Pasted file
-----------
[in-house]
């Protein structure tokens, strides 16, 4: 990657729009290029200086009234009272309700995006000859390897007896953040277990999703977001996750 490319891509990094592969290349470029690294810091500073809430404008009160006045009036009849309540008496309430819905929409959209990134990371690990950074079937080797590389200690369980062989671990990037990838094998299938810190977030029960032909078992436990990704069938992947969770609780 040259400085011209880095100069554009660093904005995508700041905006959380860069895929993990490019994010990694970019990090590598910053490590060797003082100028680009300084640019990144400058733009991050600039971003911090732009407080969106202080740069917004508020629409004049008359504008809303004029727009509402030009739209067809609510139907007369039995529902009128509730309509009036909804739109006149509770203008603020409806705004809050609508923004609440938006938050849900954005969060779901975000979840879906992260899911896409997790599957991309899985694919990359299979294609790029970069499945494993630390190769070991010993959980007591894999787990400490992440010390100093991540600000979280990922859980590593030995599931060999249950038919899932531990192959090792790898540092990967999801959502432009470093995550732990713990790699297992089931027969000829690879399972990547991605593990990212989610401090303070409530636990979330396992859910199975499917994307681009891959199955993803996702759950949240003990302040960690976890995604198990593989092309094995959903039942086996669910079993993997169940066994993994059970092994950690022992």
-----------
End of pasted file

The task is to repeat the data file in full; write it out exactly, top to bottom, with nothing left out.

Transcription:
[in-house]
């Protein structure tokens, strides 16, 4: 990657729009290029200086009234009272309700995006000859390897007896953040277990999703977001996750 490319891509990094592969290349470029690294810091500073809430404008009160006045009036009849309540008496309430819905929409959209990134990371690990950074079937080797590389200690369980062989671990990037990838094998299938810190977030029960032909078992436990990704069938992947969770609780 040259400085011209880095100069554009660093904005995508700041905006959380860069895929993990490019994010990694970019990090590598910053490590060797003082100028680009300084640019990144400058733009991050600039971003911090732009407080969106202080740069917004508020629409004049008359504008809303004029727009509402030009739209067809609510139907007369039995529902009128509730309509009036909804739109006149509770203008603020409806705004809050609508923004609440938006938050849900954005969060779901975000979840879906992260899911896409997790599957991309899985694919990359299979294609790029970069499945494993630390190769070991010993959980007591894999787990400490992440010390100093991540600000979280990922859980590593030995599931060999249950038919899932531990192959090792790898540092990967999801959502432009470093995550732990713990790699297992089931027969000829690879399972990547991605593990990212989610401090303070409530636990979330396992859910199975499917994307681009891959199955993803996702759950949240003990302040960690976890995604198990593989092309094995959903039942086996669910079993993997169940066994993994059970092994950690022992």